In Virginia, you will need to spend 3 years studying in a law office with a supervising attorney that has at least 10 years of active law experience. You will need to study at least 25 hours per week for 40 weeks per year. You are not allowed to be employed or paid for your work during this time (i.e., the studying position is completely voluntary).


To take the bar in Washington state without attending law school, you will need to spend 4 years employed in a law office by a supervising attorney that has 10 years of active law practice. You must work 32 hours a week and spend 3 of those hours under the direct supervision of the attorney. Unlike Virginia, Washington state requires that the position be paid (meaning the position can’t be voluntary) and you will also need to pay an annual fee of $1,500.

States That Require Some Law Experience for Bar Examination

These states require a small amount of law school alongside apprenticeship experience before you can take the bar exam.


In Maine, you will be required to spend 2 years studying in a law school and 1 year studying in a law office before you can take the bar exam.

New York

In New York, you will need to have at least 1 year of studying in a law school and 3 years of being an apprentice in a law office, for a total of 4 years of time commitment before you can take the bar exam.

Taking an Apprenticeship vs. Attending Law School

As explained above, you can see that you don’t necessarily need to attend law school before taking the bar exam if you are planning to live and practice in certain areas. This type of apprenticeship may be appealing to some, so we’ve listed the other factors that you may need to consider before deciding between law school and an apprenticeship.


One of the biggest differences between taking an apprenticeship course and enrolling in law school is the cost. Law school can cost between $20,000 and $60,000 or more a semester depending on the school you go to, while an apprenticeship will cost you minimal fees and no tuition, save for occasionally purchasing textbooks (though this depends on where you are taking your apprenticeship).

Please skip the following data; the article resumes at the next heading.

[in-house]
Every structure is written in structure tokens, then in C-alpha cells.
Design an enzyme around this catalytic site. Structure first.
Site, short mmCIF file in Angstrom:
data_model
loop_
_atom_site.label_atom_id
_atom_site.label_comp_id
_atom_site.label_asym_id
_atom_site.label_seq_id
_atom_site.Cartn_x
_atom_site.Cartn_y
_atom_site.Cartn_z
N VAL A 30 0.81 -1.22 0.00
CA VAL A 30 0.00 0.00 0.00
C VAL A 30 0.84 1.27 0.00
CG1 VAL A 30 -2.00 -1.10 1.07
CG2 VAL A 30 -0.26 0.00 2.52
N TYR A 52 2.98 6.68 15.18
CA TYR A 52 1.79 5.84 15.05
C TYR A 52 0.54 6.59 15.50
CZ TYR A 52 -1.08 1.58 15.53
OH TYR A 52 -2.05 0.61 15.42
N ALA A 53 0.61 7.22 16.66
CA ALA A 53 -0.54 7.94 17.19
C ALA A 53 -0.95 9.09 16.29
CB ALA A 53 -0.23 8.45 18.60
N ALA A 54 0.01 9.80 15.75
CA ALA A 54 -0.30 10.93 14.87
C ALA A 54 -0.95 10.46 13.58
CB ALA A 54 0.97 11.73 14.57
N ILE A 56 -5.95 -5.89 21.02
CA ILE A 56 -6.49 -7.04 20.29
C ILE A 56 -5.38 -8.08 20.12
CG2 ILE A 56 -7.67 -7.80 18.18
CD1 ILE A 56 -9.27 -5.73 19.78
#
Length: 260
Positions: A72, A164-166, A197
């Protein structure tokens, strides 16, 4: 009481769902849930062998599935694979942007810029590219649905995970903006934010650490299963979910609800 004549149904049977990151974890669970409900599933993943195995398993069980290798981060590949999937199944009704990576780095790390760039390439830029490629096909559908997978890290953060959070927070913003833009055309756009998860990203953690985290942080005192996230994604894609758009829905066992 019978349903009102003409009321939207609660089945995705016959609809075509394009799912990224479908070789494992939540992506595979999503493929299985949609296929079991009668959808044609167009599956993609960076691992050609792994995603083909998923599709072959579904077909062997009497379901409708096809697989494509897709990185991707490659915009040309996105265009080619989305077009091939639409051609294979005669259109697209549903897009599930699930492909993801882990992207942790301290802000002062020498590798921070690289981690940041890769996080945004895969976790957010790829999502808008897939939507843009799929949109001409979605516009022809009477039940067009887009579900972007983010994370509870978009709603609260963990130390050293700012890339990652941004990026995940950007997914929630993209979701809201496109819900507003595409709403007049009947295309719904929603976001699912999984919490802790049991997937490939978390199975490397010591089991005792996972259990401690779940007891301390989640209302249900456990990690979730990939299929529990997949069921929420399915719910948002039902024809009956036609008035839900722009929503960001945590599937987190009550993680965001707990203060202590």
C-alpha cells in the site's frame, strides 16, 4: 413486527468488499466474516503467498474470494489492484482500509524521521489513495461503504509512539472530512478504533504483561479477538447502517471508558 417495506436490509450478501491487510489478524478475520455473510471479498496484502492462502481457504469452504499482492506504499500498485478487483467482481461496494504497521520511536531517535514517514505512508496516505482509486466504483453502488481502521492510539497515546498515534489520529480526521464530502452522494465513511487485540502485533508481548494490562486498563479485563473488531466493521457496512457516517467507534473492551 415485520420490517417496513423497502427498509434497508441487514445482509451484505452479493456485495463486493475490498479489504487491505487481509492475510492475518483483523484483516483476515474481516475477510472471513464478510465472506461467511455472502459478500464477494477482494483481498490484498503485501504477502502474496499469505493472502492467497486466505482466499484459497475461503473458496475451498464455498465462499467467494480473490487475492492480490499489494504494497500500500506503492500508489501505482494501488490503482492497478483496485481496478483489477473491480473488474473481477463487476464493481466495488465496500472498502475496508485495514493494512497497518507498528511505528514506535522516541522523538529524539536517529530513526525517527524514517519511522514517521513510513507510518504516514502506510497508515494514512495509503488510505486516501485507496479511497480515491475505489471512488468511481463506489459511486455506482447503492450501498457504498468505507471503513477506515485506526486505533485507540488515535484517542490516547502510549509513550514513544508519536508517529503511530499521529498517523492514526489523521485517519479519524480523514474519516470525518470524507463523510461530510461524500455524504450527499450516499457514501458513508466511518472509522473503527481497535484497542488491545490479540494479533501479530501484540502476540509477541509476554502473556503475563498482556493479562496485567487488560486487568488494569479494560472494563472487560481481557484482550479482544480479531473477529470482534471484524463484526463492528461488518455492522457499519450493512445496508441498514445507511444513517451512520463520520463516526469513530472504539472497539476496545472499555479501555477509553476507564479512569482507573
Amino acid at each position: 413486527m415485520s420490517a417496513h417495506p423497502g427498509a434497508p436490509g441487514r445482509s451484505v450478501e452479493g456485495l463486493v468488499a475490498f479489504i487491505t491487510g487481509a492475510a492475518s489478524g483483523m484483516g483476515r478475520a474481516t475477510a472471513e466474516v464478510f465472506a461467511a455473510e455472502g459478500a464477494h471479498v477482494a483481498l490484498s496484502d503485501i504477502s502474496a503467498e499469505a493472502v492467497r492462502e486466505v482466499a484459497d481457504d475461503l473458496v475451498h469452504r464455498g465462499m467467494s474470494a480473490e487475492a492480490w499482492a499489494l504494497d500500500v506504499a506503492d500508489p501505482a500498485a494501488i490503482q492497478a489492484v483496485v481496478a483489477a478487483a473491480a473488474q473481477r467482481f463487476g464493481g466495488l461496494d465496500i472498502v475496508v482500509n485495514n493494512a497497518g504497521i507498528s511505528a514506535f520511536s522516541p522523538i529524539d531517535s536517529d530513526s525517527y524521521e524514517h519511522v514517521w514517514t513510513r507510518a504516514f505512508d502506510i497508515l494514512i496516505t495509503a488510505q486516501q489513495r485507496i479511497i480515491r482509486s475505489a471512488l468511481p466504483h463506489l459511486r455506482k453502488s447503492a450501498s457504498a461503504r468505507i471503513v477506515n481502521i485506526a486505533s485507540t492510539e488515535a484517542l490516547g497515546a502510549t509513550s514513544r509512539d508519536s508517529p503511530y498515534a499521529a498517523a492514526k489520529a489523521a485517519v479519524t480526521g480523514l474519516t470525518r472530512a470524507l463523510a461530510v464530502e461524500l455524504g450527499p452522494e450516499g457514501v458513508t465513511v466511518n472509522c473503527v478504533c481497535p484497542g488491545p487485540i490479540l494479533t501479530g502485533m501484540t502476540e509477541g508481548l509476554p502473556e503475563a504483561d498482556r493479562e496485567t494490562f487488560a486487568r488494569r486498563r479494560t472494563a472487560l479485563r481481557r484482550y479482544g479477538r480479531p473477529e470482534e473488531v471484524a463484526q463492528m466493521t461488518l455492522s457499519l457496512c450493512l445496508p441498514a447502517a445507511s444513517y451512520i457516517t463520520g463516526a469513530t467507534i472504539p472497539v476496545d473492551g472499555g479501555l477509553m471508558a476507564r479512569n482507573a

For many who do not have the ability to pay for law school and are reluctant to take out student loans, substituting an apprenticeship program instead of law school is a perfectly viable route to their legal career.

Bar Pass Rate

It is important to look at bar pass rates in the states that offer alternatives to law school before taking the bar exam. In most cases, test-takers that have opted for the apprenticeship route tend to score lower on the bar than those who are taking the bar after attending an accredited law school.

This isn’t to say that an apprenticeship won’t properly prepare you for the bar exam, but it might be a little more difficult to pass on the first try and require more studying time than if you attended law school first.

Time Commitment

Both law school and apprenticeships require a significant time commitment, but law school may offer you a more direct route to taking the bar exam. An apprenticeship can take 4 or more years to complete and have weekly or yearly studying requirements, whereas law school is only a 3-year commitment.

However, if you find yourself unable to attend law school full-time, but you can fit the studying hours of an apprenticeship into your life, then an apprenticeship may be a better option for you.

Employment Possibilities

The main reason that students take the bar exam is to secure a job working in a law firm, a court, or to practice in their own law firm. Many students that have an accredited law degree before taking the bar exam will have an easier time finding employment in more traditional companies and well-known law firms.

You will still be able to find a job or begin practicing in your own firm if you opt to take an apprenticeship before the bar exam, but it may be a little more difficult to obtain employment through the traditional outlets. However, what you lack in connections formed through law school you can make up for in actual legal experience, possibly giving you a boost with some employers.

Navigating Your Way to Success

Whether or not you attend law school before taking the bar exam is a highly personal choice that is dependent on your career goals and the state that you plan to take the bar and practice in. Make sure that when you are making your decision you are taking into account employment outcomes, the time commitment, and the costs of both scenarios so that you can make a fully informed decision. If you do this, you are sure to navigate your way to career success, no matter which choice you make.